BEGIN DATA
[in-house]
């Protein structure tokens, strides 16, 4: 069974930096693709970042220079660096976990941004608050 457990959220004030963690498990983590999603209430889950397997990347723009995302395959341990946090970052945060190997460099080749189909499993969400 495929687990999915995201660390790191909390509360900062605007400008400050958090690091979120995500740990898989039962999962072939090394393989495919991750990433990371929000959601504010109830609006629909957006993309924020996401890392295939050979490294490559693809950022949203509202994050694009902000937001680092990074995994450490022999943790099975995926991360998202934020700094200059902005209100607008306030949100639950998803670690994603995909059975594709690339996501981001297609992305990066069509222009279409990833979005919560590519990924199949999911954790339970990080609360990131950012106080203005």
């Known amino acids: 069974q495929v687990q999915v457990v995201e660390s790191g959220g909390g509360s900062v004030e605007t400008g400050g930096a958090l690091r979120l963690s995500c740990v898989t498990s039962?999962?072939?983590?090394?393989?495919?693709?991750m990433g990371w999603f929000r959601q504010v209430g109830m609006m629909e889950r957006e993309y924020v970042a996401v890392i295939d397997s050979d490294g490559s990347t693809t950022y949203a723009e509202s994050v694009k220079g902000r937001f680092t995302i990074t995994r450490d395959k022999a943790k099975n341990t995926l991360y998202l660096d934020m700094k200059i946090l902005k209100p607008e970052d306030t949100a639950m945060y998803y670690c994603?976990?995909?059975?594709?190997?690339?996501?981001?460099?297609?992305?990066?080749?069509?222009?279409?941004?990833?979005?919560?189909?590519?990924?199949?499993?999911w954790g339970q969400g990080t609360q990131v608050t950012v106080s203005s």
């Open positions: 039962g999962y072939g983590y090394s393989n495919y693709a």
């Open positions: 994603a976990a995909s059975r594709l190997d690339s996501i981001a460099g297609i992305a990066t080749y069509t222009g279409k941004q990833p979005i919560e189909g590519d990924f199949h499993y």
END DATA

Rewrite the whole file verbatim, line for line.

[in-house]
């Protein structure tokens, strides 16, 4: 069974930096693709970042220079660096976990941004608050 457990959220004030963690498990983590999603209430889950397997990347723009995302395959341990946090970052945060190997460099080749189909499993969400 495929687990999915995201660390790191909390509360900062605007400008400050958090690091979120995500740990898989039962999962072939090394393989495919991750990433990371929000959601504010109830609006629909957006993309924020996401890392295939050979490294490559693809950022949203509202994050694009902000937001680092990074995994450490022999943790099975995926991360998202934020700094200059902005209100607008306030949100639950998803670690994603995909059975594709690339996501981001297609992305990066069509222009279409990833979005919560590519990924199949999911954790339970990080609360990131950012106080203005």
């Known amino acids: 069974q495929v687990q999915v457990v995201e660390s790191g959220g909390g509360s900062v004030e605007t400008g400050g930096a958090l690091r979120l963690s995500c740990v898989t498990s039962?999962?072939?983590?090394?393989?495919?693709?991750m990433g990371w999603f929000r959601q504010v209430g109830m609006m629909e889950r957006e993309y924020v970042a996401v890392i295939d397997s050979d490294g490559s990347t693809t950022y949203a723009e509202s994050v694009k220079g902000r937001f680092t995302i990074t995994r450490d395959k022999a943790k099975n341990t995926l991360y998202l660096d934020m700094k200059i946090l902005k209100p607008e970052d306030t949100a639950m945060y998803y670690c994603?976990?995909?059975?594709?190997?690339?996501?981001?460099?297609?992305?990066?080749?069509?222009?279409?941004?990833?979005?919560?189909?590519?990924?199949?499993?999911w954790g339970q969400g990080t609360q990131v608050t950012v106080s203005s």
């Open positions: 039962g999962y072939g983590y090394s393989n495919y693709a």
């Open positions: 994603a976990a995909s059975r594709l190997d690339s996501i981001a460099g297609i992305a990066t080749y069509t222009g279409k941004q990833p979005i919560e189909g590519d990924f199949h499993y």